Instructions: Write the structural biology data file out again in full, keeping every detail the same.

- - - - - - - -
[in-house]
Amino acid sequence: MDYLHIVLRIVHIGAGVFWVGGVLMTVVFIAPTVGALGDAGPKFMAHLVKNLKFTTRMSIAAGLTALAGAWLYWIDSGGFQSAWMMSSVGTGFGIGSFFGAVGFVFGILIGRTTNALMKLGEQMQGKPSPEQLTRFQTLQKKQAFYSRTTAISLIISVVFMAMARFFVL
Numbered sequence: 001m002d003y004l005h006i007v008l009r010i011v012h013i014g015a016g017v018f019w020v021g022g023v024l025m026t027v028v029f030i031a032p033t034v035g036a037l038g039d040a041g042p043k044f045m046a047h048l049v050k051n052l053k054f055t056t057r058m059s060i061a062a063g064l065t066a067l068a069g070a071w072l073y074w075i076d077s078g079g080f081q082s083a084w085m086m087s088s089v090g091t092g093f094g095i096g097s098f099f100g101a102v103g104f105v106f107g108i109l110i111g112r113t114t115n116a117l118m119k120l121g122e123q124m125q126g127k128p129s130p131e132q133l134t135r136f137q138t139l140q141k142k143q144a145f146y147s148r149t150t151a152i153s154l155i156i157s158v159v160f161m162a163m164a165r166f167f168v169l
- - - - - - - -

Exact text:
[in-house]
Amino acid sequence: MDYLHIVLRIVHIGAGVFWVGGVLMTVVFIAPTVGALGDAGPKFMAHLVKNLKFTTRMSIAAGLTALAGAWLYWIDSGGFQSAWMMSSVGTGFGIGSFFGAVGFVFGILIGRTTNALMKLGEQMQGKPSPEQLTRFQTLQKKQAFYSRTTAISLIISVVFMAMARFFVL
Numbered sequence: 001m002d003y004l005h006i007v008l009r010i011v012h013i014g015a016g017v018f019w020v021g022g023v024l025m026t027v028v029f030i031a032p033t034v035g036a037l038g039d040a041g042p043k044f045m046a047h048l049v050k051n052l053k054f055t056t057r058m059s060i061a062a063g064l065t066a067l068a069g070a071w072l073y074w075i076d077s078g079g080f081q082s083a084w085m086m087s088s089v090g091t092g093f094g095i096g097s098f099f100g101a102v103g104f105v106f107g108i109l110i111g112r113t114t115n116a117l118m119k120l121g122e123q124m125q126g127k128p129s130p131e132q133l134t135r136f137q138t139l140q141k142k143q144a145f146y147s148r149t150t151a152i153s154l155i156i157s158v159v160f161m162a163m164a165r166f167f168v169l